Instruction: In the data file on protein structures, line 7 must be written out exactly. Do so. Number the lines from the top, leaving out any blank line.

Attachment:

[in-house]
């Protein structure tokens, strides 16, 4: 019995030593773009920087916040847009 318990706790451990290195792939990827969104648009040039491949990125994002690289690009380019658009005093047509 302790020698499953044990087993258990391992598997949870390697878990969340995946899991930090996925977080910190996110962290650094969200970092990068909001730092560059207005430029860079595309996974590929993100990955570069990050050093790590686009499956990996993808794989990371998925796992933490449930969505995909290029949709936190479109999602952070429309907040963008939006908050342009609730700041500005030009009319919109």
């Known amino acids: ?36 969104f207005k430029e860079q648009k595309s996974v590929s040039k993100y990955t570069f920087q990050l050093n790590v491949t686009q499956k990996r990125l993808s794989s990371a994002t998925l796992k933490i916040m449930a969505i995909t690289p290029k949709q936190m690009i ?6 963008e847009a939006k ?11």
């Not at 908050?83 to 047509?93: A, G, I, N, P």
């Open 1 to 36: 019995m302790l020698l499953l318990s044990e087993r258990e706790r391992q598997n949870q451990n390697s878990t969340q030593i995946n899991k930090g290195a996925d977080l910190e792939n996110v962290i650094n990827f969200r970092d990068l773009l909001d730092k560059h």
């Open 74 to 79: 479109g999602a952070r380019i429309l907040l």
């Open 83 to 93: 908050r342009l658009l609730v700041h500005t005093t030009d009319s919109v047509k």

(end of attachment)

């Open 83 to 93: 908050r342009l658009l609730v700041h500005t005093t030009d009319s919109v047509k």